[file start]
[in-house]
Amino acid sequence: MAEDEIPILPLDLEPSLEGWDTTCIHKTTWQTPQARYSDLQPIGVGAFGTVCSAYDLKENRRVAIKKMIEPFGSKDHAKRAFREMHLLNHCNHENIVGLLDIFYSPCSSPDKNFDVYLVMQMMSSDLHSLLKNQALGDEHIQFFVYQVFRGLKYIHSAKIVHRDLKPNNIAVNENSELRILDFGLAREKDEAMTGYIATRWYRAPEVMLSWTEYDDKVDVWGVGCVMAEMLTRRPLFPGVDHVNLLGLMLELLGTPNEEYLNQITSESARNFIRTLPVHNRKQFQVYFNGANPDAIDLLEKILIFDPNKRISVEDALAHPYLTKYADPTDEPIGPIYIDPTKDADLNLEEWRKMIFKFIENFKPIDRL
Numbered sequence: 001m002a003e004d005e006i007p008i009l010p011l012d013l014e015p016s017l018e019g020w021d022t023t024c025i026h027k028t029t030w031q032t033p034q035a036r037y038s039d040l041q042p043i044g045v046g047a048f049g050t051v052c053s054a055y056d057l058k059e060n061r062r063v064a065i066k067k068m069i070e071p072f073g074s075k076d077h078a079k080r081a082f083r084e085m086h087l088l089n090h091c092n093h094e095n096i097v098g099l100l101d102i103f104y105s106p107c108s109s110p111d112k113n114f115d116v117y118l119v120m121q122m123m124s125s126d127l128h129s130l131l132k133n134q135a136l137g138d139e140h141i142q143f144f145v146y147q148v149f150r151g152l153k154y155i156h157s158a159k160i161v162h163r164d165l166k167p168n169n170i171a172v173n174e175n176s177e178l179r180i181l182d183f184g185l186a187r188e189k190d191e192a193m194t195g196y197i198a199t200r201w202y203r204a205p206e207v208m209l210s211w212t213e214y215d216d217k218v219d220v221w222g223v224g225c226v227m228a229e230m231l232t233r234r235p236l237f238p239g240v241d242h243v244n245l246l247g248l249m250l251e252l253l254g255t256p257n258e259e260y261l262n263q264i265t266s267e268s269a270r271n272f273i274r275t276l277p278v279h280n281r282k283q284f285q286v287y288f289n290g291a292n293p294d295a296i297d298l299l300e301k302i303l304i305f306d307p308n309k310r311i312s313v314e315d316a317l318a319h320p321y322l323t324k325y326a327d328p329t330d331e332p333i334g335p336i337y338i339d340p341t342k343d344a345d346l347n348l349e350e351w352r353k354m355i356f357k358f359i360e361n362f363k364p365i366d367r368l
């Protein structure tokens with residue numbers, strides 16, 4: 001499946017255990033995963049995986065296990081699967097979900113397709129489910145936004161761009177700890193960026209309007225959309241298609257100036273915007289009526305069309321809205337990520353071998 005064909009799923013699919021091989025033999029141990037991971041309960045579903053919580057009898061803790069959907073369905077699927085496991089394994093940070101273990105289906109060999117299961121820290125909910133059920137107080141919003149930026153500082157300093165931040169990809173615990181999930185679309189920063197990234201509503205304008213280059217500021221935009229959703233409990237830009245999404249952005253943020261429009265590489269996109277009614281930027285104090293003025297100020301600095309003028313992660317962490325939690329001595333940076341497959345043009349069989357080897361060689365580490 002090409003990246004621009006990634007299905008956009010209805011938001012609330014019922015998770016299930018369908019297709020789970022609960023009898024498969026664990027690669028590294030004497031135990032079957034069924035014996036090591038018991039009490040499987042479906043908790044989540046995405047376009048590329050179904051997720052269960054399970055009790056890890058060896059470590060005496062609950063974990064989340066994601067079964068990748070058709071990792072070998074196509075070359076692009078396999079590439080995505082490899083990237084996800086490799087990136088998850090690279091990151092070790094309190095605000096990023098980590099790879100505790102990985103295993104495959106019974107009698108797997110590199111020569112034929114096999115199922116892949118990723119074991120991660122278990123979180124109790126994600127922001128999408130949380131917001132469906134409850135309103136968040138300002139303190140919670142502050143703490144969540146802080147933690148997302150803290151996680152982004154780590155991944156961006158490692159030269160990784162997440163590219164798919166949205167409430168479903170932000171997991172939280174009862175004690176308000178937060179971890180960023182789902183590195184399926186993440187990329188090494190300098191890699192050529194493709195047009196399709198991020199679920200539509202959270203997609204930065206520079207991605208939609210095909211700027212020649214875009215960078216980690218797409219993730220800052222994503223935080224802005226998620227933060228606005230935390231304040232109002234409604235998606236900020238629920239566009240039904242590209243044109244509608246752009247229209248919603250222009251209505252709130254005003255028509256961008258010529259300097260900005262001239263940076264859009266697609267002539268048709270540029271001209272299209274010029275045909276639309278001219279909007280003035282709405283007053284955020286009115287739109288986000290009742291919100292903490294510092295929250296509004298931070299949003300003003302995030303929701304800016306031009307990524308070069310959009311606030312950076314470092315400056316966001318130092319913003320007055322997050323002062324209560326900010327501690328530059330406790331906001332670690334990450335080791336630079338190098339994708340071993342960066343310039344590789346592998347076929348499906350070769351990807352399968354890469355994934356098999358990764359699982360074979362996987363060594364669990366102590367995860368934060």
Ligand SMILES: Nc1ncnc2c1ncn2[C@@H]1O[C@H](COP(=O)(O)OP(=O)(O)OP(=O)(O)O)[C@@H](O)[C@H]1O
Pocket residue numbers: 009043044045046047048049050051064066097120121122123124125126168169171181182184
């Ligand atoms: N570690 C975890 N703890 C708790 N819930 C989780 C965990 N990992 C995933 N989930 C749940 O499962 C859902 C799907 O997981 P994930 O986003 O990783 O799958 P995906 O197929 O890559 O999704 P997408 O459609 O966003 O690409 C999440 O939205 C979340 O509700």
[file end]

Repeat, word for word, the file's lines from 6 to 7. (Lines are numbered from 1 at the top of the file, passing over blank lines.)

Pocket residue numbers: 009043044045046047048049050051064066097120121122123124125126168169171181182184
């Ligand atoms: N570690 C975890 N703890 C708790 N819930 C989780 C965990 N990992 C995933 N989930 C749940 O499962 C859902 C799907 O997981 P994930 O986003 O990783 O799958 P995906 O197929 O890559 O999704 P997408 O459609 O966003 O690409 C999440 O939205 C979340 O509700």